Max Eilbacher Red Anxiety Tracers

[Spectrum Spools; 2014]

Rating: 3.5/5

Styles: modular, collage, documentary
Others: Nick Edwards/Ensemble Skalectrik, Three Legged Race, Horse Lords

On his debut full-length, Max Eilbacher guides his audience across an electro-acoustic lattice of sonic fragments that appear to be related in their essence, but only through the most distant of means. Connected by the finest compositional fabric, the sounds that make up both extraordinary sides of Red Anxiety Tracers are like webs of cellular tissue that conjoin a single tone, frequency, or sample. These fragments then leech onto the next in an attempt to foster a sense of cohesion. In this way, Eilbacher’s formative method is personified by a cluster of gushes, clangs, hammers, and thumps, each of which spawn from a single, modular-induced processing effect. The eventual trajectories of each component are therefore impossible to fathom as they pass the duration of this intricately constructed network of ideas.

And this is a journey, by the way, even in the absence of identifiable entrance and exit points. The accompanying video trailer for the album features two men zoning out to the encompassing chapters, as they rotate on a record player, stepping into an unpredictable void without physically moving. It suggests that the music has been devised for the sole purposes of inducing a psychotic episode rather than a typical listening experience, which is reflected in the expression on each character’s face as they become increasingly sedated. But for this listener, the sounds are conducive to creating their own fractured imagery, allowing for an act of engagement as a substitute for vacuous spaces in which to mentally disintegrate.

In a recent interview with Ad Hoc, Eilbacher talked about Red Anxiety Tracers as a depiction of the recording procedure itself, a reflection of his learning curve in preparing to work with vinyl. After having recorded a batch of music by way of self-imposed technical restrictions, masses of content were archived before being dismembered and then rearranged. It’s the latter phase that I find the most curious, how months of experimentation are sculpted to form a body of work that knowingly represents the acquisition of a technique or familiarity — it verges on an album about the making of an album. It’s great to hear a musician removing themselves from their comfort zone (which for Eilbacher involves playing in Needle Gun and Horse Lords) and applying their skills to a fresh format. Perhaps this is why the tracks are arranged as chapters instead of being separately spliced up — it’s difficult to discern where the idea behind one recording ends and another begins, yet there remains a textural convergence between each sonic particle.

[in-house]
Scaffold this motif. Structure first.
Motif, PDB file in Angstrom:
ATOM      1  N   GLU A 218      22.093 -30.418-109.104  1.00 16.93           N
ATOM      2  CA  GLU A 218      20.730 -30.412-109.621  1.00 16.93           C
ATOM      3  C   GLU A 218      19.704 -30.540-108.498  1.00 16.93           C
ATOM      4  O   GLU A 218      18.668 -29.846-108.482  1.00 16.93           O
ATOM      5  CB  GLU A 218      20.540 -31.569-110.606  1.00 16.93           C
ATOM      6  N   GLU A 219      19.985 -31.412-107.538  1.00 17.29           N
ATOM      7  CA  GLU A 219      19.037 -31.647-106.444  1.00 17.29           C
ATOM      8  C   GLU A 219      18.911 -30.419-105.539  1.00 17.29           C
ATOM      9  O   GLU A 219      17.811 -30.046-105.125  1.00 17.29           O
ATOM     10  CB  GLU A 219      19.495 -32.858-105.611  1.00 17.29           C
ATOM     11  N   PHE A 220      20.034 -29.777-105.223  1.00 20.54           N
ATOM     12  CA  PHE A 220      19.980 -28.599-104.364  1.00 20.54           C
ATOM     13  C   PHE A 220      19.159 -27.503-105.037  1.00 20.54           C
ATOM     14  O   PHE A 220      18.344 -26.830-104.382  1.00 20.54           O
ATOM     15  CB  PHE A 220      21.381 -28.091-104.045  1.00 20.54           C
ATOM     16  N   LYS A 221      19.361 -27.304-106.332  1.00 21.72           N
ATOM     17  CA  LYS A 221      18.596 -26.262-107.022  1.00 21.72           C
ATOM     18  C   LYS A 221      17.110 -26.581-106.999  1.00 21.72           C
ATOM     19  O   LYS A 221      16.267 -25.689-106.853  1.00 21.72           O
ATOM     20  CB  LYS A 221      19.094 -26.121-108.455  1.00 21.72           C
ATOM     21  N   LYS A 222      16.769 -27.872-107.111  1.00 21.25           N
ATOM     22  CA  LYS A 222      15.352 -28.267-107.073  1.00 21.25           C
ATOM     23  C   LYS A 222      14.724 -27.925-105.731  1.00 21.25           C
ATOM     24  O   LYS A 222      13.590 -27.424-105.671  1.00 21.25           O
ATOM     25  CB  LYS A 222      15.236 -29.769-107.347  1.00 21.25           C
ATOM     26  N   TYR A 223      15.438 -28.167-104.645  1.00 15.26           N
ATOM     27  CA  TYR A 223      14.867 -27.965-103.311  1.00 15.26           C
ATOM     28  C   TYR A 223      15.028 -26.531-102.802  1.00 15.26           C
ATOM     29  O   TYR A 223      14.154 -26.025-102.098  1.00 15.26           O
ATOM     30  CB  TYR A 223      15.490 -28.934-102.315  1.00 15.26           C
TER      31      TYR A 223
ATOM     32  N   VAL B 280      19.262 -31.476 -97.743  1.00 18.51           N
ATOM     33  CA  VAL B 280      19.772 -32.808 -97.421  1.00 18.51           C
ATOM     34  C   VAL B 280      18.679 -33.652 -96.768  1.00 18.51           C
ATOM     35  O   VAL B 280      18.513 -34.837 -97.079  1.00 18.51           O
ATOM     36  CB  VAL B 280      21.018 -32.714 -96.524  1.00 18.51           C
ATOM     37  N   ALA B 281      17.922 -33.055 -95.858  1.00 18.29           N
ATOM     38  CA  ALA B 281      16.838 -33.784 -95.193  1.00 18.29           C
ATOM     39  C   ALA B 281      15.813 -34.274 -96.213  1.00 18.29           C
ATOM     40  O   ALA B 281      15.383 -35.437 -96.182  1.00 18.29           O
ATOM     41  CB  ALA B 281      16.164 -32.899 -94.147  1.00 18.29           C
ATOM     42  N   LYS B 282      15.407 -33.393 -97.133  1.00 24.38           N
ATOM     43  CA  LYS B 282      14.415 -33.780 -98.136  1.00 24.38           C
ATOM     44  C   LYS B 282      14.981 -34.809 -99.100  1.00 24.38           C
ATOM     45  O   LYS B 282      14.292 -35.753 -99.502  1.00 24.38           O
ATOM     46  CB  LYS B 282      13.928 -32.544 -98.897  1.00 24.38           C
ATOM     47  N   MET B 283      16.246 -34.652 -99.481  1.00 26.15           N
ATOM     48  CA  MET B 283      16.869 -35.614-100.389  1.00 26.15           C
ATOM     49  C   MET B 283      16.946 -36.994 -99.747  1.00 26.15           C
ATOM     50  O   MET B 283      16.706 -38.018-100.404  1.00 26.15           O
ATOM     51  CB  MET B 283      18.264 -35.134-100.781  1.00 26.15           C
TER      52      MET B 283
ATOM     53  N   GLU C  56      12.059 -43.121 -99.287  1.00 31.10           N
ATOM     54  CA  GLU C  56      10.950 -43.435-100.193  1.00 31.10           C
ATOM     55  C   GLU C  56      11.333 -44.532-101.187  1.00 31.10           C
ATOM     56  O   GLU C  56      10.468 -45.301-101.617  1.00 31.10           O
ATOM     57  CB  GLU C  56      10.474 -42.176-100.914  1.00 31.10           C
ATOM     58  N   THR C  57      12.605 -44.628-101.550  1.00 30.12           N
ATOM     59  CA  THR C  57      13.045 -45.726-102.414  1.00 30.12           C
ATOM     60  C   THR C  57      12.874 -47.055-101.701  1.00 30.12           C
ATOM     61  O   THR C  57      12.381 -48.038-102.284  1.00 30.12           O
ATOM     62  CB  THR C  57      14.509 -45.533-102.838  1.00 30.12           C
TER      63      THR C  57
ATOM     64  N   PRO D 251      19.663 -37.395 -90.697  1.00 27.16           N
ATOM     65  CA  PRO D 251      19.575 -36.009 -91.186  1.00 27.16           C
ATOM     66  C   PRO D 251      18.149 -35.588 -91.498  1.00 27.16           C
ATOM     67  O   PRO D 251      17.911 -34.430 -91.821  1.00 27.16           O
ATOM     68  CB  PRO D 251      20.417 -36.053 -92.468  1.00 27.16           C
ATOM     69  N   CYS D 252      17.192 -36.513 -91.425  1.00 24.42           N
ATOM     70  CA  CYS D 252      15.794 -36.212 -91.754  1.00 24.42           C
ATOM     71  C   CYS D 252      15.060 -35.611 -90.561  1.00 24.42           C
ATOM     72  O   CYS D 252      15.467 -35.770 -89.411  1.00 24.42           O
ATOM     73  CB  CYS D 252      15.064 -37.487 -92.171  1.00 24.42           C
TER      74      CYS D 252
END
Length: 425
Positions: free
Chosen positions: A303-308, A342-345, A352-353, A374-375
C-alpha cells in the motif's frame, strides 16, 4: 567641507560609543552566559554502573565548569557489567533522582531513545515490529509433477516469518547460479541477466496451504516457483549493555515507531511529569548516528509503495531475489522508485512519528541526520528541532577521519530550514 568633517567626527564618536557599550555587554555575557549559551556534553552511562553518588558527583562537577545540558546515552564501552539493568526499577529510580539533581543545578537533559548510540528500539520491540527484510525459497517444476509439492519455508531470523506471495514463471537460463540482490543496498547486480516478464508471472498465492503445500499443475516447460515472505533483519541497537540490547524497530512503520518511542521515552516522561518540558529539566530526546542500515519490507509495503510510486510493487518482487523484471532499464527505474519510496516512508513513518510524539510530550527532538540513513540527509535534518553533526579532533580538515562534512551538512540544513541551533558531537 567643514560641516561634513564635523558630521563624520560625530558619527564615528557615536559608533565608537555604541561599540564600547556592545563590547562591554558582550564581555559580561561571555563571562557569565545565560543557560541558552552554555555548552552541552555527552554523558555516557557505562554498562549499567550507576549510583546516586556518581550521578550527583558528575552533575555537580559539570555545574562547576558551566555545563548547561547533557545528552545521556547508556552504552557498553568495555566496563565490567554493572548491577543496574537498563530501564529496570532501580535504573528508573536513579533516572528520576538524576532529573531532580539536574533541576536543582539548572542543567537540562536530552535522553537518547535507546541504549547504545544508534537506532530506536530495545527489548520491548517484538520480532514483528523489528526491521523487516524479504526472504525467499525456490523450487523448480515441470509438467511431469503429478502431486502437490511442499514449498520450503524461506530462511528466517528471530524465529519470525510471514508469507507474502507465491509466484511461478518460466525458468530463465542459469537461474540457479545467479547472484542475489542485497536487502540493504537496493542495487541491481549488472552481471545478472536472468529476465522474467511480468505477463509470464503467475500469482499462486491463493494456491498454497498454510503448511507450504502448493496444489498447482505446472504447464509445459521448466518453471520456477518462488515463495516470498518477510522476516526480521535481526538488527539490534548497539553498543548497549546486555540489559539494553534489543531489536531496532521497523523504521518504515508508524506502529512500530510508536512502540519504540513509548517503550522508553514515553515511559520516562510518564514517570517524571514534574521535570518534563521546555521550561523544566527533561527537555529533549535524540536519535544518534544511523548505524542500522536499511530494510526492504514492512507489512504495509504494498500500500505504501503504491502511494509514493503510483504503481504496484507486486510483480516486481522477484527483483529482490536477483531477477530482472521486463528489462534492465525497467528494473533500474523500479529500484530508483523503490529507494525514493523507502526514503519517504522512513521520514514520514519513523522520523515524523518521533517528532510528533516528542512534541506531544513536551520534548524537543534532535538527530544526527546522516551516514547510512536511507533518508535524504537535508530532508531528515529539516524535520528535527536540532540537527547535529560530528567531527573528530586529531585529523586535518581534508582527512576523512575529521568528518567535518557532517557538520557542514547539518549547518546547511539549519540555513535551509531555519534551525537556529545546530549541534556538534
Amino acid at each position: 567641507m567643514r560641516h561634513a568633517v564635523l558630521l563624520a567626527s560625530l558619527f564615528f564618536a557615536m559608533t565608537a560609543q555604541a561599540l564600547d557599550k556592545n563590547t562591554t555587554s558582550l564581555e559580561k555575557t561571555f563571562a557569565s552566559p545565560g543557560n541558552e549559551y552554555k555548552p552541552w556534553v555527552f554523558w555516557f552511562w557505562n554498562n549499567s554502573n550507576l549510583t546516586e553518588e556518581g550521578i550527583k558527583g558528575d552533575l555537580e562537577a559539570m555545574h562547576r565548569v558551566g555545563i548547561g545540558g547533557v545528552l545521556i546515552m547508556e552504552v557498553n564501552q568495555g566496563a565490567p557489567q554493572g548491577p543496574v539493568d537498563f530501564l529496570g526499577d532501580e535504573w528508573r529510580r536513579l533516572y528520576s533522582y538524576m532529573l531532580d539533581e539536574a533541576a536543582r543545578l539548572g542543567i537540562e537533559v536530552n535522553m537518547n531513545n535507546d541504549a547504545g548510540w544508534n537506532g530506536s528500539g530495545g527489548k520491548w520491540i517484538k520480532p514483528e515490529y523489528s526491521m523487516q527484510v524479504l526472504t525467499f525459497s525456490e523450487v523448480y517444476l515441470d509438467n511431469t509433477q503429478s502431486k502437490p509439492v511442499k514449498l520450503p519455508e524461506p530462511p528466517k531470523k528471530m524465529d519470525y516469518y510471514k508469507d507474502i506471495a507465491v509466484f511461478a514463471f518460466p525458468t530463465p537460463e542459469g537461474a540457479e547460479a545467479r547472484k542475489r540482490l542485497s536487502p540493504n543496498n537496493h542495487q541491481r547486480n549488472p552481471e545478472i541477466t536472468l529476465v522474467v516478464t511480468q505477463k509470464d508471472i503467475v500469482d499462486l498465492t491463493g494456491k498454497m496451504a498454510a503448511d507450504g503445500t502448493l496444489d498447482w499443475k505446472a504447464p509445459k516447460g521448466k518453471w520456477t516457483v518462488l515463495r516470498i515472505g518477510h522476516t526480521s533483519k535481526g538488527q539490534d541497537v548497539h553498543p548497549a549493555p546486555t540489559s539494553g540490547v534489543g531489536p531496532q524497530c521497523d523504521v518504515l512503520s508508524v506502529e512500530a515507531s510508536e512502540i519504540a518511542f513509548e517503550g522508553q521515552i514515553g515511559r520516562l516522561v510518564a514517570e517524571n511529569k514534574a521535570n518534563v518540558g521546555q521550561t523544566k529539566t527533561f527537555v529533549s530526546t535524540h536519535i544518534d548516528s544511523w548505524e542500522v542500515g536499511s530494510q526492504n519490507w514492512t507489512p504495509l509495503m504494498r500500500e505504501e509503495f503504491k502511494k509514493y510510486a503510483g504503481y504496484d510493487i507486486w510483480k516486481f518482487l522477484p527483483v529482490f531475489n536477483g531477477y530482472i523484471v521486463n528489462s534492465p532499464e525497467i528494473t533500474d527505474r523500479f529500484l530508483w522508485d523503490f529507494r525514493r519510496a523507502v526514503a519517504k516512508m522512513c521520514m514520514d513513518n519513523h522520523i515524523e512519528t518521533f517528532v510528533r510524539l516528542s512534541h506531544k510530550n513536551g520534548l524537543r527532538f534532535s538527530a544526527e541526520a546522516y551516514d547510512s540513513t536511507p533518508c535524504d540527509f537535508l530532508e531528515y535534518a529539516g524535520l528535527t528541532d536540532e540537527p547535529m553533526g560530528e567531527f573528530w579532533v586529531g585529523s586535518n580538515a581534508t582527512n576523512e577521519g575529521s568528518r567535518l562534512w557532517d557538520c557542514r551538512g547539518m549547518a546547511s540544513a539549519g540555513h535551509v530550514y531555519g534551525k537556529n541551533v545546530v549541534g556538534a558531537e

On the introductory section, “Slowlo” showcases a reel of clicks, bleeps, and static, which breathe in and out of samples cut from a lively crowd of people. There is a feeling of excitement and exasperation as those involved converse with one another, or at least that’s how the recordings manifest. When the space between these patterns of sporadic dialog move closer together, the sound of detectable conversations take on a telling form, where the human voice seems to have been selected for aesthetic reasons as opposed to providing a commentary on the interaction between organic and mechanical elements. Further contrasting fusions can be found throughout the album, but the most impressive occurs when “Persistent Scenes” merges into “Did the Surfer Survive?” The transition depicts gritty oscillations as they are charged against a refined melodic tone, flowing in and out of focus in a similar approach to the “Slowlo” background conversation, before panning out into a beautiful, high-frequency glitch progression.

Each documented sequence comes teeming with intrigue, where the details within each chapter keep the listener keen to find out how the dots are going to connect and where the next set of effects are going to take them; for in spite of the convoluted fashion in which the tracks are assembled, they’re married in a manner that takes textural similarities into account first and foremost. Where theories or concepts behind the music might otherwise encroach on our enjoyment of it, Red Anxiety Tracers seeks to rekindle those base feelings of what made “experimental” music so wonderful to begin with; it’s a reminder that documentary affirmation of the learning process can also lead to the most compelling works of art.

Links: Max Eilbacher - Spectrum Spools

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